Monday, November 21, 2022




This interesting and rare sauce bottle has been very difficult to document, with scant information about its proprietor. The best available clue about its origin is embossed on the bottle. Along with the name of the contents, CALIFORNIA WALNUT SAUCE, and the apparent name of the proprietor, M. E. YOUNG & CO. This person is most likely Mary E. Young, the husband of restaurateur, John Henry Young. He and Mary were married in Knox County, Illinois, on March 20, 1883, where John began his restaurant career. The couple and their two children moved to Los Angeles, California, in 1910. 

“Mrs. Young’s Famous Walnut Sauce” was first advertised in 1916 (Los Angeles Evening Express, April 4, 1916), and in August of that year, “M. E. Young & Co, Walnut Table Sauce” was noted as one of the many new enterprises in Los Angeles (The Los Angeles Times, August 13, 1916)

 After an unusual hiatus, it was advertised again in May 1919, along with significant changes that occurred that year.  Mrs Young was probably the registrant for the trademark of the walnut sauce which was first unveiled in June of 1919. Further examination of trademark records is necessary to confirm this.

The first advertisement including the trademarked logo for California Walnut Sauce was located in the Los Angeles Evening Express on June 6, 1919. Mary E. Young was the probable registrant. The significant change occurred when she died on June 11, 1919, which apparently caused the subsequent sale of the product to other parties.


Within a couple of months after Mary’s death, the walnut sauce had been re-branded to “An-ge-lo California Walnut Sauce”. The new advertisements note this change and also note the old and newer trademarks are included on the new labels. The new proprietor was the California Walnut Sauce Co., of Los Angeles, with no mention of M.E Young & Co. It is likely that the new owners of the Walnut Sauce Co. had been swallowed up by large corporations. By October 1920 the Columbia Products Company was given permission to take over the assets and business of the Walnut Sauce Co., which was owned by another large conglomerate, the Stetson- Barret Company (The Recorder, San Francisco, California, October 13, 1920). The brand appears to have fallen out of favor by the decade's end.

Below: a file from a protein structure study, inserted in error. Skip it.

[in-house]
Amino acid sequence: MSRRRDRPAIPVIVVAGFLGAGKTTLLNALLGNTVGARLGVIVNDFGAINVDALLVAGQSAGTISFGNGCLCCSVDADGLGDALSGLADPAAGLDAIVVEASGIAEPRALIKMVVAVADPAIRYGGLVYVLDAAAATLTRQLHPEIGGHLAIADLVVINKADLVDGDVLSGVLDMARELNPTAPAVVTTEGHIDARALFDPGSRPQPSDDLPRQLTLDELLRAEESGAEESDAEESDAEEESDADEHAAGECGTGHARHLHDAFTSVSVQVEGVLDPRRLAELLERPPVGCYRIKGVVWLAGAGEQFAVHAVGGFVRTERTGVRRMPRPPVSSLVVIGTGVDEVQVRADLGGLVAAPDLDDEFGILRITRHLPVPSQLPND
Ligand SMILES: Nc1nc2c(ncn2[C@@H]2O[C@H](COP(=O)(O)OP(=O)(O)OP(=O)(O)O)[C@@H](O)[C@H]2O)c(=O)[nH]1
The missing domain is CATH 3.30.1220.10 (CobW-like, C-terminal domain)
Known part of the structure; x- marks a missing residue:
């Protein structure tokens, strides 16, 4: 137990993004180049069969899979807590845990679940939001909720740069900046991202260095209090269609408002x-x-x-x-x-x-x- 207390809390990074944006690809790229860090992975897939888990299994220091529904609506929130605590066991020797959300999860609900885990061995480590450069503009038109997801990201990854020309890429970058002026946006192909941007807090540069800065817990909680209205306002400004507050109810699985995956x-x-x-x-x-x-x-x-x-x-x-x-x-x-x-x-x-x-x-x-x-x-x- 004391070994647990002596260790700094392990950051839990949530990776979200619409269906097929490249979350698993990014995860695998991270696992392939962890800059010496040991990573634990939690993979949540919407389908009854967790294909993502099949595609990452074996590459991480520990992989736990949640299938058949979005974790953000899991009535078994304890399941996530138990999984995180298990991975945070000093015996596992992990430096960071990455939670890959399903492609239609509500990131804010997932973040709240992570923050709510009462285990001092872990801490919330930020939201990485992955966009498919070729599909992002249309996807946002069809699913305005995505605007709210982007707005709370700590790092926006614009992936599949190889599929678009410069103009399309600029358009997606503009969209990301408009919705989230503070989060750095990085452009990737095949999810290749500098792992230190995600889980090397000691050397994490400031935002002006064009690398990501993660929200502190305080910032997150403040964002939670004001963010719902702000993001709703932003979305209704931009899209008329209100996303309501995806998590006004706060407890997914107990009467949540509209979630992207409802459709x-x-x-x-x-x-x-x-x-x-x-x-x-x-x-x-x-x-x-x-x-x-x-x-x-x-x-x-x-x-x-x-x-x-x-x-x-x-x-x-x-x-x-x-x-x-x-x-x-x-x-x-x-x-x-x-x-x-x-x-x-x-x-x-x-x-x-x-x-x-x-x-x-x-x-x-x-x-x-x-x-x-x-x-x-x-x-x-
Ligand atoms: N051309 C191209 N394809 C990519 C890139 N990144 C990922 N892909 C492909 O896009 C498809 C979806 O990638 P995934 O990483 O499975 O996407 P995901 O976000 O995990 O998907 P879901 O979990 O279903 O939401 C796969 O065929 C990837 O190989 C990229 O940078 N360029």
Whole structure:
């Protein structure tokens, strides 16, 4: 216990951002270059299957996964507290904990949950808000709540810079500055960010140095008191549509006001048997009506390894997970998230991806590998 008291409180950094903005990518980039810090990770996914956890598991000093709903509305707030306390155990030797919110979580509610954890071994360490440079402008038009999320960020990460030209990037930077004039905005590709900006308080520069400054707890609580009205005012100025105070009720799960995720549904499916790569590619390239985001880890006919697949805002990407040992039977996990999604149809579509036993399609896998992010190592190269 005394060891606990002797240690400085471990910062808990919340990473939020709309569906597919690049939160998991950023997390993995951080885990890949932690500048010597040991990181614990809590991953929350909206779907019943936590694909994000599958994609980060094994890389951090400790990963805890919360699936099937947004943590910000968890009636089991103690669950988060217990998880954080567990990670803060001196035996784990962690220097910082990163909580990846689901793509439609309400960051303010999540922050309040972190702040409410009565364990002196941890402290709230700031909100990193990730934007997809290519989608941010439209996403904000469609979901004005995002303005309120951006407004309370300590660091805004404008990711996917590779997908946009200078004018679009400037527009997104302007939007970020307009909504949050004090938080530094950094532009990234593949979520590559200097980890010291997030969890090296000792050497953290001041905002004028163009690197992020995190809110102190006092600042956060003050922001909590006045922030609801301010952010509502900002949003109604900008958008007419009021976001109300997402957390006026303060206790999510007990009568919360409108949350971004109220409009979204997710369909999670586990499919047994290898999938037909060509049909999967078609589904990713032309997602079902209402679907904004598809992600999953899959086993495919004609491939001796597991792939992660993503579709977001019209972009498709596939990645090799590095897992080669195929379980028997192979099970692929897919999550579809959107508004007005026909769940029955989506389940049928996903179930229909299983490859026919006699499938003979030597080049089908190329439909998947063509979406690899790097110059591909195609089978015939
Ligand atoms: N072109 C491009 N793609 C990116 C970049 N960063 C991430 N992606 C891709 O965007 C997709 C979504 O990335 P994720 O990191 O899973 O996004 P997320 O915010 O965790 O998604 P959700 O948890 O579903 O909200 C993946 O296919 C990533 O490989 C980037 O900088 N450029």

The new advertisement for “Angelo” California Walnut Sauce first appeared in this advertisement. (Los Angeles Herald, August 20, 1919) The Worcestershire-type bottles remained the same and it is only assumed that the older lettered bottles, as shown here, were no longer used.



The 8 oz. light aqua tooled-top bottles are also embossed on the heel, “I.P.G.CO”, the unmistakable mark of the Illinois Pacific Glass Company, which operated from 1902 to 1930.


It is assumed that the species of walnuts used in the California Walnut Sauce was actually the English Walnut, (Juglans regia), which is an ‘old world’ variety, typically grown on the native California Black Walnut (Juglans hindsii) rootstock. This is noted primarily because the name of the product alludes to the possibility that the California species was used in an extract form. To walnut connoisseurs, there is a slight difference in the taste of the nut, but the native species is much more difficult to harvest and is almost never grown as a commercial crop. If just the liquid extract is used, as in the case of walnut sauce, it is possible that the native variety may have been used for this product.

Mary E. Young is buried in Forest Lawn Memorial Park, in Glendale, California, along with her husband, John Henry Young who died on January 27, 1930. John operated his None-Such Restaurant at 3402 South Vermont Avenue in Los Angeles from 1910 to at least 1921.